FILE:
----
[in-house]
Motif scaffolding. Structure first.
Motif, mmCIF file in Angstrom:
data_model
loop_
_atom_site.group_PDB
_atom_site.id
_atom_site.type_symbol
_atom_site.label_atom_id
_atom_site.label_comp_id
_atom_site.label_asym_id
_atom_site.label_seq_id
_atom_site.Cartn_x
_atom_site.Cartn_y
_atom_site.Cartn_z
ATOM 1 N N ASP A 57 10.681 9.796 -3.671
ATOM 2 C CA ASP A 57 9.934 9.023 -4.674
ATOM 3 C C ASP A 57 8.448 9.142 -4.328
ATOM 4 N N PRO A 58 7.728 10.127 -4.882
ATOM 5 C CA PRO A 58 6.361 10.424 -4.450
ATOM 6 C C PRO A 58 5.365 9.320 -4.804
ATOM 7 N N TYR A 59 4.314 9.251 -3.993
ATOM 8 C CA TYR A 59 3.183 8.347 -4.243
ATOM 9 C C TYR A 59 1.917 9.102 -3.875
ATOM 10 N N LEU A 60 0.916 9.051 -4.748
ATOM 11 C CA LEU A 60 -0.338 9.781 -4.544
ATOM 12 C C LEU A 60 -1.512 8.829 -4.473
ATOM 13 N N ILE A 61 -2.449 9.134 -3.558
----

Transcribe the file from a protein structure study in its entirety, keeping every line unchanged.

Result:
[in-house]
Motif scaffolding. Structure first.
Motif, mmCIF file in Angstrom:
data_model
loop_
_atom_site.group_PDB
_atom_site.id
_atom_site.type_symbol
_atom_site.label_atom_id
_atom_site.label_comp_id
_atom_site.label_asym_id
_atom_site.label_seq_id
_atom_site.Cartn_x
_atom_site.Cartn_y
_atom_site.Cartn_z
ATOM 1 N N ASP A 57 10.681 9.796 -3.671
ATOM 2 C CA ASP A 57 9.934 9.023 -4.674
ATOM 3 C C ASP A 57 8.448 9.142 -4.328
ATOM 4 N N PRO A 58 7.728 10.127 -4.882
ATOM 5 C CA PRO A 58 6.361 10.424 -4.450
ATOM 6 C C PRO A 58 5.365 9.320 -4.804
ATOM 7 N N TYR A 59 4.314 9.251 -3.993
ATOM 8 C CA TYR A 59 3.183 8.347 -4.243
ATOM 9 C C TYR A 59 1.917 9.102 -3.875
ATOM 10 N N LEU A 60 0.916 9.051 -4.748
ATOM 11 C CA LEU A 60 -0.338 9.781 -4.544
ATOM 12 C C LEU A 60 -1.512 8.829 -4.473
ATOM 13 N N ILE A 61 -2.449 9.134 -3.558